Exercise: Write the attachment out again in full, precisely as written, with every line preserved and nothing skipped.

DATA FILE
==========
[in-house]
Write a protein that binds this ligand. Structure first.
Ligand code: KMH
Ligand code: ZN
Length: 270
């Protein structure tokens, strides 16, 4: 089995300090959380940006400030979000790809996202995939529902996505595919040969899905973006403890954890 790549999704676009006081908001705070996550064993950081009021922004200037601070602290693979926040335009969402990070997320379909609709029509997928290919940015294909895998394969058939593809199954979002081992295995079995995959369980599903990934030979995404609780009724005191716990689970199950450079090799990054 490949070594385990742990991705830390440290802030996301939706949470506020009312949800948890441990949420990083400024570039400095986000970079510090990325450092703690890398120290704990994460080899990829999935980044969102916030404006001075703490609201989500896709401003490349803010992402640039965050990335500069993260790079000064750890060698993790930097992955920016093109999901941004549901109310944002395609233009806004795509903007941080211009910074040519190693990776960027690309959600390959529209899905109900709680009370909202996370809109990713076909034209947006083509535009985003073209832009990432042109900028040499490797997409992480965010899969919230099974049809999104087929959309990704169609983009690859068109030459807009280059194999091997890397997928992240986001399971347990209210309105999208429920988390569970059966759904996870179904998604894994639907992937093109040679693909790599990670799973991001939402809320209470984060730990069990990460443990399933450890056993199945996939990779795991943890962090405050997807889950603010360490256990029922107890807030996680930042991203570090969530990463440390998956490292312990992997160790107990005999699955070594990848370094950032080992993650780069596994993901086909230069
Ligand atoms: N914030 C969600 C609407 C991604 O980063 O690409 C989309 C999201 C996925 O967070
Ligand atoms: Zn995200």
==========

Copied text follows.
[in-house]
Write a protein that binds this ligand. Structure first.
Ligand code: KMH
Ligand code: ZN
Length: 270
């Protein structure tokens, strides 16, 4: 089995300090959380940006400030979000790809996202995939529902996505595919040969899905973006403890954890 790549999704676009006081908001705070996550064993950081009021922004200037601070602290693979926040335009969402990070997320379909609709029509997928290919940015294909895998394969058939593809199954979002081992295995079995995959369980599903990934030979995404609780009724005191716990689970199950450079090799990054 490949070594385990742990991705830390440290802030996301939706949470506020009312949800948890441990949420990083400024570039400095986000970079510090990325450092703690890398120290704990994460080899990829999935980044969102916030404006001075703490609201989500896709401003490349803010992402640039965050990335500069993260790079000064750890060698993790930097992955920016093109999901941004549901109310944002395609233009806004795509903007941080211009910074040519190693990776960027690309959600390959529209899905109900709680009370909202996370809109990713076909034209947006083509535009985003073209832009990432042109900028040499490797997409992480965010899969919230099974049809999104087929959309990704169609983009690859068109030459807009280059194999091997890397997928992240986001399971347990209210309105999208429920988390569970059966759904996870179904998604894994639907992937093109040679693909790599990670799973991001939402809320209470984060730990069990990460443990399933450890056993199945996939990779795991943890962090405050997807889950603010360490256990029922107890807030996680930042991203570090969530990463440390998956490292312990992997160790107990005999699955070594990848370094950032080992993650780069596994993901086909230069
Ligand atoms: N914030 C969600 C609407 C991604 O980063 O690409 C989309 C999201 C996925 O967070
Ligand atoms: Zn995200």